Forbes’ second annual definitive tally of America’s wealthiest, most successful self-made women includes 60 trailblazers – 10 more than last year – who have crashed ceilings through invention and innovation. These women, who are worth a combined $53 billion, have created some of the nation’s best known brands, such as Gap, Spanx, Proactiv and Vera Bradley. A number of them have also helped build some of the most successful companies in tech, including Facebook, eBay and Google, while still others got rich entertaining millions through their music, books or TV shows.
The richest self-made woman in America is Diane Hendricks, who owns ABC Supply, the largest wholesale distributor of roofing and siding in the country. The daughter of dairy farmers, she started the Wisconsin business in 1982 with her late husband Ken. Today Hendricks is worth $4.9 billion, $1.2 billion more than last year when she came in second. That jump also gives her bragging rights as the year’s biggest gainer. She is one of 17 billionaires in the ranks.
Other notable women with 10-figure fortunes include Oprah Winfrey, who moves up three spots to number two, thanks in part to her new ties to Weight Watchers. Since picking up a 10% stake in the diet empire and becoming its spokesperson last October, its stock has gained some 90%. Facebook’s Chief Operating Officer Sheryl Sandberg also got a big boost. Her fortune is now $1.4 billion, up a third from a year ago thanks to the social network’s strong results, making her one of the year’s biggest gainers. Sandberg, who got that job eight years ago, has helped oversee the company’s market capitalization grow by a staggering $328 billion.
The youngest person in the ranks is 26-year-old Taylor Swift, who makes her debut at number 60 with a net worth of $250 million, thanks to her 1989 tour, which grossed a quarter of a billion dollars last year. The only twenty-something in the mix, she is one of 13 newcomers. Among the other notable fresh faces are Carolyn Rafaelian, founder of jewelry brand Alex + Ani; actress-turned-entrepreneur Jessica Alba, whose Honest Company was valued by investors at $1.7 billion last year; and Vera Bradley cofounders Patricia Miller and Barbara Bradley Baekgaard. The pair, who were neighbors and friends, got the idea to make colorful bags while at an airport in Atlanta. They each borrowed $250 from their husbands and got to work in Baekgaard’s basement. Today Vera Bradley sells half a billion dollars worth of bags and other accessories a year.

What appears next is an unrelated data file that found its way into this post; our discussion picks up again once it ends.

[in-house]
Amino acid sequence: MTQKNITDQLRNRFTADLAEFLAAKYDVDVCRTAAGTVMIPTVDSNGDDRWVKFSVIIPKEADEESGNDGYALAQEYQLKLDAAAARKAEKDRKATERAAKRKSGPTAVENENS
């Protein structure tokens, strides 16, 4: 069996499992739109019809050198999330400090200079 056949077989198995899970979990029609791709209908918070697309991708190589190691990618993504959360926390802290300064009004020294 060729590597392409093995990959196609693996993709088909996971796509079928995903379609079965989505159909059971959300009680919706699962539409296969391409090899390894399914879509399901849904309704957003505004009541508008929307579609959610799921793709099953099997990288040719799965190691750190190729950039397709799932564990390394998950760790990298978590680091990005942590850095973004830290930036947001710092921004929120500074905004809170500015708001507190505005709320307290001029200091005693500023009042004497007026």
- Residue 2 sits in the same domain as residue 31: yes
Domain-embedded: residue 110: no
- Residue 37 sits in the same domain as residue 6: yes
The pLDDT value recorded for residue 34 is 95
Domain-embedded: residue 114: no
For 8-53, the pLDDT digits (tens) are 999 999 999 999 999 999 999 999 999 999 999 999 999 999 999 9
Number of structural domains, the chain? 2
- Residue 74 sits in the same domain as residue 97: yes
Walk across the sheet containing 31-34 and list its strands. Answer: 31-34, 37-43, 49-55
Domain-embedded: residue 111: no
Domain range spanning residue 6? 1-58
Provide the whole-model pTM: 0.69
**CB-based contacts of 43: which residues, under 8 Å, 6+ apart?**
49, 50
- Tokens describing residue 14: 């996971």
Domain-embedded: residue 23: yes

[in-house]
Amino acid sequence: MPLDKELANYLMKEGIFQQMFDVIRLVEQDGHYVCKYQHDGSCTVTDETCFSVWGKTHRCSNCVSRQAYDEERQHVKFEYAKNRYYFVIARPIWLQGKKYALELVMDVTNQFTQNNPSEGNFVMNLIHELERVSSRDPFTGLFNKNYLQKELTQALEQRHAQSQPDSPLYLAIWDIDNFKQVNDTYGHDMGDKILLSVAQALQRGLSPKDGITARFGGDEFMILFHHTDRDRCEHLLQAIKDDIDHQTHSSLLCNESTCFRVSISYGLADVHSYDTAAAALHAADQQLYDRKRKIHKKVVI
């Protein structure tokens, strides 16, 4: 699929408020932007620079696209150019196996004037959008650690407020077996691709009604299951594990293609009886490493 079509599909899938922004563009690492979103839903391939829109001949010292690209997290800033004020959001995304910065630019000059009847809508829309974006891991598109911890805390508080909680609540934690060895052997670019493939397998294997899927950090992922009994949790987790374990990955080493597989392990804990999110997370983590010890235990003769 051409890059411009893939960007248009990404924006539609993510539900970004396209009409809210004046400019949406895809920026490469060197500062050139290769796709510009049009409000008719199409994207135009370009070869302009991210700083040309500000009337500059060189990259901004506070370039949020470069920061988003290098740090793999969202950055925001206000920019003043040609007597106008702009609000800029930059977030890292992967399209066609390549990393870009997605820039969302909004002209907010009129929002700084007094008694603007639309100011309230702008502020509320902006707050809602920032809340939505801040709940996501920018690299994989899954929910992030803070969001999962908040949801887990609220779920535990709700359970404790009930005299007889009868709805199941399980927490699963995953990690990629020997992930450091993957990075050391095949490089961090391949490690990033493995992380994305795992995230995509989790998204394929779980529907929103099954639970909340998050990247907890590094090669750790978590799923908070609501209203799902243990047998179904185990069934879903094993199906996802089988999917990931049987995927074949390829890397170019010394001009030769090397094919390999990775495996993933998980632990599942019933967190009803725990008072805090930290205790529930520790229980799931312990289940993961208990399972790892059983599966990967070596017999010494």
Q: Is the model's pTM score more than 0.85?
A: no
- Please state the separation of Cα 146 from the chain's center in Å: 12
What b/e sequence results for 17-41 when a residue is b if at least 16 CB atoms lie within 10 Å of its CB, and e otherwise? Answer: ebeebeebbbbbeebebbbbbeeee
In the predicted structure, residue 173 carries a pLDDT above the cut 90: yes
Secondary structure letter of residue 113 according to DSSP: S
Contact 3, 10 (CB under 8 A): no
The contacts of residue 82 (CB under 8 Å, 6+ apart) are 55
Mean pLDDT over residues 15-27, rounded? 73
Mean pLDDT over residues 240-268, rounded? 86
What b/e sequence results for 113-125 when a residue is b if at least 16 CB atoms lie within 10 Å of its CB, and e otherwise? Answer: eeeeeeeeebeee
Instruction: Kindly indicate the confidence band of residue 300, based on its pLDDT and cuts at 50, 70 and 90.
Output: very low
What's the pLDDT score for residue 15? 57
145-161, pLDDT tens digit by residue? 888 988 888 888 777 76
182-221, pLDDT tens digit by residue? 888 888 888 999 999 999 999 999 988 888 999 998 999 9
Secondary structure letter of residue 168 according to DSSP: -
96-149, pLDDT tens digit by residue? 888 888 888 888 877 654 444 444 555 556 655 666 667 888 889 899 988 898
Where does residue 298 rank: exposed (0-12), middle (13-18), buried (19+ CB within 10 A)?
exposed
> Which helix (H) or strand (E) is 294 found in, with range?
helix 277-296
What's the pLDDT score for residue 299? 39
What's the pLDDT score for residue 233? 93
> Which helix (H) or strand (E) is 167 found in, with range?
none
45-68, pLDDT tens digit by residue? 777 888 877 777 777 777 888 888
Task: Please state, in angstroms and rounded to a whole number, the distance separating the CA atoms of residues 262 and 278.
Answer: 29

Altogether 16 of the most successful self-made women made their fortunes in fashion or retail, more than any other sector. Technology was second with 13, but six of those were C-Suite executives hired at technology companies in the early days, meaning only seven founded their businesses.
The year’s biggest percentage gainers are dermatologists Kathy Fields and Katie Rodan, who together created acne treatment Proactiv and launched skin-care company Rodan + Fields. Revenues hit $627 million in 2015, up 90% from the previous year, with more than 150,000 independent consultants peddling products. That in turn helped boost their fortunes 72% in the past year to $550 million apiece.
The pair are also two of 25 list members who reside in California, more than three times the number of women in any other state. New York, home to eight women on the list, is a not-so-close second. Another Californian is newcomer Toni Ko, who sold her cosmetics brand NYX to L’Oreal for $500 million. Born in Korea, she is also one of 16 list members born outside the U.S.
One notable Californian not in the ranks is last year’s top ranking female, Elizabeth Holmes. The biotech entrepreneur drops out altogether after Theranos, the blood testing firm she founded, was hit with allegations that its products didn’t work and is now being investigated by several federal agencies. After speaking to a dozen sources, Forbes concluded that the company, once valued by investors at $9 billion, is worth just $800 million, and that she herself won’t see much of anything anytime soon as investors with preferred shares get their money back first. (For more on Holmes, read Matthew Herper’s story on her demise.)
Source By https://www.forbes.com